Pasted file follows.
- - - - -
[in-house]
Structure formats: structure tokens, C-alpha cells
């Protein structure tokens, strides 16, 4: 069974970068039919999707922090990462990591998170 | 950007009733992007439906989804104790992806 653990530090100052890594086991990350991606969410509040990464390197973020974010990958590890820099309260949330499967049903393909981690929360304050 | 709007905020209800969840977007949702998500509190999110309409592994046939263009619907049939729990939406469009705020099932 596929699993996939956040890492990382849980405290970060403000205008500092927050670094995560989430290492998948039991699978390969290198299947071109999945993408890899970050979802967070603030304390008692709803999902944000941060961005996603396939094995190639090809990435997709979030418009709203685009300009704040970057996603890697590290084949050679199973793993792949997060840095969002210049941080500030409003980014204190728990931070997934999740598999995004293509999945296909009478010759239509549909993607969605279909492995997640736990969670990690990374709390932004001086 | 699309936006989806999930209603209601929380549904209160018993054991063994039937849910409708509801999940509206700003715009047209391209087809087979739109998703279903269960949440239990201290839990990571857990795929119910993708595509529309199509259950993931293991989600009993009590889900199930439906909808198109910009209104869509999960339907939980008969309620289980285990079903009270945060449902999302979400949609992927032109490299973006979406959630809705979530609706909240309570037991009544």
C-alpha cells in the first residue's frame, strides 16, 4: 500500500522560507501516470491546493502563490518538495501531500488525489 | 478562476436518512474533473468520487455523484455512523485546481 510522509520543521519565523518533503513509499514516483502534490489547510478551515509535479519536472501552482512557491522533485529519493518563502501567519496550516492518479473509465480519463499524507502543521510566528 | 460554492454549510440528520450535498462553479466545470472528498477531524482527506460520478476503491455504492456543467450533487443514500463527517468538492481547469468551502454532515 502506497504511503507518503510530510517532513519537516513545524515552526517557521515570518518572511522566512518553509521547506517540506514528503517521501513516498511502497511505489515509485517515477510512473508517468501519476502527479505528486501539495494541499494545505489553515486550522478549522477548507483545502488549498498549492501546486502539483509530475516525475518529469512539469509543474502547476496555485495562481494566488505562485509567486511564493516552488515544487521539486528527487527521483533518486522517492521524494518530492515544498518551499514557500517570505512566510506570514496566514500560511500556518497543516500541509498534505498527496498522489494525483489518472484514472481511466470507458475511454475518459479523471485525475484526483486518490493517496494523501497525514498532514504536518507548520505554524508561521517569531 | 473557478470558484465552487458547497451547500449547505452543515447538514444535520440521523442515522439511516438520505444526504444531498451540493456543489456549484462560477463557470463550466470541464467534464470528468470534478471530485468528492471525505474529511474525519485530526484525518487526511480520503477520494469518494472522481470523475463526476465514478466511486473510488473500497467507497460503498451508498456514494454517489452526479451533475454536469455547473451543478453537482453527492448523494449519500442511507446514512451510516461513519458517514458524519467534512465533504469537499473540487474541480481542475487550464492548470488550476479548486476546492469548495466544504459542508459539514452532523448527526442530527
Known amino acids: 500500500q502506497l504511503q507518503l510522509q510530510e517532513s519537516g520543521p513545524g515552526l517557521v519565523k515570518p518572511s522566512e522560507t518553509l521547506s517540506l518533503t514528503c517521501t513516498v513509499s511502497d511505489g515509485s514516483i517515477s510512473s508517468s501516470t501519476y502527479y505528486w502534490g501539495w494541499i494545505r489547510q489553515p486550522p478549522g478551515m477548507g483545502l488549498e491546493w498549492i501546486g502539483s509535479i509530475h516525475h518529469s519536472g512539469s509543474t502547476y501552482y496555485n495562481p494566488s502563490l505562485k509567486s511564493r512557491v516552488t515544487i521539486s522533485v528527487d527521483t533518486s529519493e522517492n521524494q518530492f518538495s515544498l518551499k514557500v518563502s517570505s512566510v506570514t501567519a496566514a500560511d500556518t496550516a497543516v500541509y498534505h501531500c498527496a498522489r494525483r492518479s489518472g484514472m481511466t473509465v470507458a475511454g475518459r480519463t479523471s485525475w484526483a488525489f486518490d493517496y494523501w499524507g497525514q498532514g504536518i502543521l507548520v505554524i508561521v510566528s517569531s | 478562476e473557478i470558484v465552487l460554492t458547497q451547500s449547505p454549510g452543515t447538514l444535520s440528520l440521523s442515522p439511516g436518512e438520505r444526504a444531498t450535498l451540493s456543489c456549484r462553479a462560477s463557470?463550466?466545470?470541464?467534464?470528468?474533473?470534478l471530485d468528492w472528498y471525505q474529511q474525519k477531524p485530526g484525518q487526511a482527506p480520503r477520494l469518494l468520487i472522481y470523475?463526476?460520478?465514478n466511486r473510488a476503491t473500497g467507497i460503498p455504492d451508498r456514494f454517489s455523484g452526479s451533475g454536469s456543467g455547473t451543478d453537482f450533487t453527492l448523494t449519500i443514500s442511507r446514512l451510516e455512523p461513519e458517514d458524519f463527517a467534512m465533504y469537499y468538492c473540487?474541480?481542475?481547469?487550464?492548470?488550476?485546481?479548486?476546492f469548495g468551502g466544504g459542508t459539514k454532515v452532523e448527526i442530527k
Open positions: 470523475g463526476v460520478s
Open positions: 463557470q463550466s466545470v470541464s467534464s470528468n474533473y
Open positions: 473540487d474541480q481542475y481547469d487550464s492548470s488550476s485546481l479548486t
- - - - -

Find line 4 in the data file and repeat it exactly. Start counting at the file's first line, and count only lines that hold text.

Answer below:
C-alpha cells in the first residue's frame, strides 16, 4: 500500500522560507501516470491546493502563490518538495501531500488525489 | 478562476436518512474533473468520487455523484455512523485546481 510522509520543521519565523518533503513509499514516483502534490489547510478551515509535479519536472501552482512557491522533485529519493518563502501567519496550516492518479473509465480519463499524507502543521510566528 | 460554492454549510440528520450535498462553479466545470472528498477531524482527506460520478476503491455504492456543467450533487443514500463527517468538492481547469468551502454532515 502506497504511503507518503510530510517532513519537516513545524515552526517557521515570518518572511522566512518553509521547506517540506514528503517521501513516498511502497511505489515509485517515477510512473508517468501519476502527479505528486501539495494541499494545505489553515486550522478549522477548507483545502488549498498549492501546486502539483509530475516525475518529469512539469509543474502547476496555485495562481494566488505562485509567486511564493516552488515544487521539486528527487527521483533518486522517492521524494518530492515544498518551499514557500517570505512566510506570514496566514500560511500556518497543516500541509498534505498527496498522489494525483489518472484514472481511466470507458475511454475518459479523471485525475484526483486518490493517496494523501497525514498532514504536518507548520505554524508561521517569531 | 473557478470558484465552487458547497451547500449547505452543515447538514444535520440521523442515522439511516438520505444526504444531498451540493456543489456549484462560477463557470463550466470541464467534464470528468470534478471530485468528492471525505474529511474525519485530526484525518487526511480520503477520494469518494472522481470523475463526476465514478466511486473510488473500497467507497460503498451508498456514494454517489452526479451533475454536469455547473451543478453537482453527492448523494449519500442511507446514512451510516461513519458517514458524519467534512465533504469537499473540487474541480481542475487550464492548470488550476479548486476546492469548495466544504459542508459539514452532523448527526442530527